What is it like to work at an advertising agency?
So many movies and TV shows build this near-perfect image of advertising agencies. What’s it really like to work in and for one?
Answer by A Quora admin:
I had the interesting position of working for an advertising agency for ten years as their head of IT. That made me both an insider (I worked there, was at the meetings, knew the successes and failures) but always an outsider (I wasn’t part of the core creative/marketing business). So I can probably share a couple of interesting bits from that perspective.
Agency work is unlike any other business I’ve been involved with. They tend to work hard / play hard. When there is a pitch the next day they pull all-nighters, but then don’t show up until 11 for a week after. There is a lot of stress, because when the economy declines the first thing many companies do is reduce the advertising budget, and there is a lot of competition. Some of that competition does a job completely different from your agency, but that distinction is often lost on customers.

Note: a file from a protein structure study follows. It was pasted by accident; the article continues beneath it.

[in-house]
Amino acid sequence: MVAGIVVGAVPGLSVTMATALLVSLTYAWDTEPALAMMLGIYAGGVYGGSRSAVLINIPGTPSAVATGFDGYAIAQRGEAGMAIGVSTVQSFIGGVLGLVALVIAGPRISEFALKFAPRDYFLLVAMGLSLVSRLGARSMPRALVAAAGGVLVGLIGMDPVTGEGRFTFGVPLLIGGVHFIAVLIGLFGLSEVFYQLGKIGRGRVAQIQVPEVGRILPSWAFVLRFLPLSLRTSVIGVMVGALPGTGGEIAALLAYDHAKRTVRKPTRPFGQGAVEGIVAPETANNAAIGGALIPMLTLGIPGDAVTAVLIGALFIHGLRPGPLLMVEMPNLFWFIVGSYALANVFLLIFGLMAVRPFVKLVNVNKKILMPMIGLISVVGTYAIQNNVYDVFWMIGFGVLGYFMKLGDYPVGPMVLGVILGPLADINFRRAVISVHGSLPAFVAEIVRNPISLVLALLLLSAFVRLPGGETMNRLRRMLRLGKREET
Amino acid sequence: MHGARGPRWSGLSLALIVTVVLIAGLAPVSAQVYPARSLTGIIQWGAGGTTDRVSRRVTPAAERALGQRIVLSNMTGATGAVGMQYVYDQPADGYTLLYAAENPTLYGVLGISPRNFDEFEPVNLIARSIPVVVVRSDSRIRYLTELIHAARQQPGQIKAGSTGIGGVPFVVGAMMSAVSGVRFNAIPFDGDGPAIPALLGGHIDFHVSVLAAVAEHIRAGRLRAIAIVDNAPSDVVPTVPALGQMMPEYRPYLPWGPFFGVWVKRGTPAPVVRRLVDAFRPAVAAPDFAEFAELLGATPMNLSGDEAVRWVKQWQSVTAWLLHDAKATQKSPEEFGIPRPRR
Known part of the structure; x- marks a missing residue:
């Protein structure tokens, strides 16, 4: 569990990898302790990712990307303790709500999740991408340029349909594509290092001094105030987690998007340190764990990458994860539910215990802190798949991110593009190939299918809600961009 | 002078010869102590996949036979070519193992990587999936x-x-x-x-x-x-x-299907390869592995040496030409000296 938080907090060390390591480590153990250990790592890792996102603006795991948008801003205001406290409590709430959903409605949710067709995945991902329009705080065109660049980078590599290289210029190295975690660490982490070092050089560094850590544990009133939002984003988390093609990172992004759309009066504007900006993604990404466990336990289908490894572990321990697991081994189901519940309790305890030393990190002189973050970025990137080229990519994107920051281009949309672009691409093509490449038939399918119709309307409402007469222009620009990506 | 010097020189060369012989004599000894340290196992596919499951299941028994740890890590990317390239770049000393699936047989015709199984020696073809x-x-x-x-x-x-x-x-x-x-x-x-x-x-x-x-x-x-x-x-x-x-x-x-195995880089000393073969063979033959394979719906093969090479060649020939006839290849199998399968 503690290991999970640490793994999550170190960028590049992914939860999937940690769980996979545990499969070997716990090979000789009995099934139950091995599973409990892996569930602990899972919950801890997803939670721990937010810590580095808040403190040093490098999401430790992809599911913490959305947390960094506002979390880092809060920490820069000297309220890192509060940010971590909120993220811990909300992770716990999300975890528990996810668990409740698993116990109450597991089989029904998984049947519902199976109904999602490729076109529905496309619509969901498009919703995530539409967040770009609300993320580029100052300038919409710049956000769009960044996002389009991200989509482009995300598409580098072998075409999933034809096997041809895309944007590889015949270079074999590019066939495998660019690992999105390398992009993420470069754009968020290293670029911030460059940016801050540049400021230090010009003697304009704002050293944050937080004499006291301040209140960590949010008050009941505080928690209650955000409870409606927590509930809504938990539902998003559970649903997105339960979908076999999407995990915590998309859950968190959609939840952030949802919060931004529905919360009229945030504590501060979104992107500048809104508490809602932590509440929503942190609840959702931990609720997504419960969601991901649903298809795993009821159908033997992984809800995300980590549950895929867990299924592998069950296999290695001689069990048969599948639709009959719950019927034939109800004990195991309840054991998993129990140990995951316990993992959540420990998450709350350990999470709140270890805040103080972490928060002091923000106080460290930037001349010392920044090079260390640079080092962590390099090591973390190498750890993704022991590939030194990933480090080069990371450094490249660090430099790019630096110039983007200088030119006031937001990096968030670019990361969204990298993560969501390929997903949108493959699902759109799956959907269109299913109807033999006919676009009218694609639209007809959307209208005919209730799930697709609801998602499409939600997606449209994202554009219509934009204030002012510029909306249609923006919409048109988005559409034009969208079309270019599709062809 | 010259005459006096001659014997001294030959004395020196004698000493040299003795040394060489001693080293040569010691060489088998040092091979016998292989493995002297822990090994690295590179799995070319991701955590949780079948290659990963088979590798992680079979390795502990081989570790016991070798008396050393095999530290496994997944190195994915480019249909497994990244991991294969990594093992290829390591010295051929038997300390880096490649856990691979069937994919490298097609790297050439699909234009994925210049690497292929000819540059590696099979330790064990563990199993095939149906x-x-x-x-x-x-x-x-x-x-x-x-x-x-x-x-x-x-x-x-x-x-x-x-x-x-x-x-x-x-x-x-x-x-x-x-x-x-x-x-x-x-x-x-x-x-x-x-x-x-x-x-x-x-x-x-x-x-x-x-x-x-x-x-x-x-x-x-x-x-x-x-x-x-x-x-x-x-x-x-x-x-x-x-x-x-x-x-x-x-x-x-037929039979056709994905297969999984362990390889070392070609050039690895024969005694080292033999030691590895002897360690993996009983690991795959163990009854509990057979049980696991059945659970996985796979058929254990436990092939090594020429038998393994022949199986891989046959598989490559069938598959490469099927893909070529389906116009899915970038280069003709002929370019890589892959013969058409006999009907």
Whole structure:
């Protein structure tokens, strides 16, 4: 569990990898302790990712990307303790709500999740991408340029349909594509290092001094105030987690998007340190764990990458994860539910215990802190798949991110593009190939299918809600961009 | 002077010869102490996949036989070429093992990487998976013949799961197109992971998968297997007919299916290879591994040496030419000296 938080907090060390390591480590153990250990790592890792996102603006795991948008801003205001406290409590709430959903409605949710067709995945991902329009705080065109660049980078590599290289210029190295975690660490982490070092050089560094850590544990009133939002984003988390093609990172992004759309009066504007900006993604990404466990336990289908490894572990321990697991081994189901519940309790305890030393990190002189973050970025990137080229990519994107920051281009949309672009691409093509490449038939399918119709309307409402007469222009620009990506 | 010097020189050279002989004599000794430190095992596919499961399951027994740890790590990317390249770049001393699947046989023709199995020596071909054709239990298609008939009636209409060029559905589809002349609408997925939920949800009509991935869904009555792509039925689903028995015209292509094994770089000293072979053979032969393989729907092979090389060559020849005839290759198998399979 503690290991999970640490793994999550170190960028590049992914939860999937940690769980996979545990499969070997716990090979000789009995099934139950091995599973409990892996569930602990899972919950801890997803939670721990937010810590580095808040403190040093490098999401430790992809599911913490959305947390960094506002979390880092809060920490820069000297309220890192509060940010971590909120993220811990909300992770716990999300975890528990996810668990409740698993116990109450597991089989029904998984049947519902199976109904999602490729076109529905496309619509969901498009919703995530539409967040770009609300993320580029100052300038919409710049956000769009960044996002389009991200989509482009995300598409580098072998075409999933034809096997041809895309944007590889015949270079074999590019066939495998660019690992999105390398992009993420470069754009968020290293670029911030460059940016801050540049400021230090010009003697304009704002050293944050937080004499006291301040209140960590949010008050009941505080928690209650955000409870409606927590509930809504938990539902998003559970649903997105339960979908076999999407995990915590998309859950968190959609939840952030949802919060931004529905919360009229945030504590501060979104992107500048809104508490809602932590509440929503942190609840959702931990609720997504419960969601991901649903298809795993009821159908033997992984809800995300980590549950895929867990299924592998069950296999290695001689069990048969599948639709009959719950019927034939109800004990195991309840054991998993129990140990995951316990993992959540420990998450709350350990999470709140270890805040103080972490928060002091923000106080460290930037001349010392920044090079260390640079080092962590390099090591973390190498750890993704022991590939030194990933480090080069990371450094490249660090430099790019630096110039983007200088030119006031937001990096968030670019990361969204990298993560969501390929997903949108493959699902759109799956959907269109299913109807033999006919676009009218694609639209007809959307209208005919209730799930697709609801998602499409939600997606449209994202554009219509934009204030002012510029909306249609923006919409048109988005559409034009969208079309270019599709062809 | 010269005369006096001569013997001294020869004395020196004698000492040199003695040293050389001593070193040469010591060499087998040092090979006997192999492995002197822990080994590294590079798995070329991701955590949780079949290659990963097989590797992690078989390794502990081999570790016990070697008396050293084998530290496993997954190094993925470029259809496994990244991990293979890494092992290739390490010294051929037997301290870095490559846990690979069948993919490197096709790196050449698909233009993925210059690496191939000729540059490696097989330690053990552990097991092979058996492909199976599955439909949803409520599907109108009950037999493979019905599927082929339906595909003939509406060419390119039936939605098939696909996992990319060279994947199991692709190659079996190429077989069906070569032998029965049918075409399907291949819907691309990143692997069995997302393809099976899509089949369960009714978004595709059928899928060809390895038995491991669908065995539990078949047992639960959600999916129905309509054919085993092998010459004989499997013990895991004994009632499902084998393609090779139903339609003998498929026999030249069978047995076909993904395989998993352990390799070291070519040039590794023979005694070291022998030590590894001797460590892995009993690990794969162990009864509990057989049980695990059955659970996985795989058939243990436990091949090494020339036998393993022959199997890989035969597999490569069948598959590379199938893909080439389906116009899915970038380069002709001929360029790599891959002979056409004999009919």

Furthermore, customers want to control a process that they know little or nothing about, and have no problem telling you that your idea sucks. My agency did a lot of peer-review, so if you were on the creative side you spent a lot of time justifying your ideas to your peers as well, which can be both intimidating and exhilarating.
An agency has an amazing range of people working within it, from button-down “suits” who are the front-line sales people, to sandal-wearing “creatives” who are the main product. In between you have artists and computer graphics, print production, design, along with the usual accounting and technology support groups. If you join a big agency it might include specialized interactive, PR, or directing marketing groups. So the Christmas party is a collection of people whose jobs, in many ways, differ wildly from each other, but who all have the same goal in mind.
When you get a new account you get to learn someone’s business from the inside out. You have to understand what makes them distinctive, what exactly they are selling (often not the product in the catalog), how the owner wants to be perceived. It’s a steep learning curve and it happens with every new job.
In the meantime your non-agency friends will berate you for “going to the dark side”, and your spouse will give you that “you’re responsible for this” look every time your kids see an ad for the latest toy and start making demands. But you can be reassured by two things: advertising is an essential component of a free-market economy, and over time advertising exactly reflects the society in which it was created. So really, you’re just making history. Yeah, that’s it. That’s the ticket.
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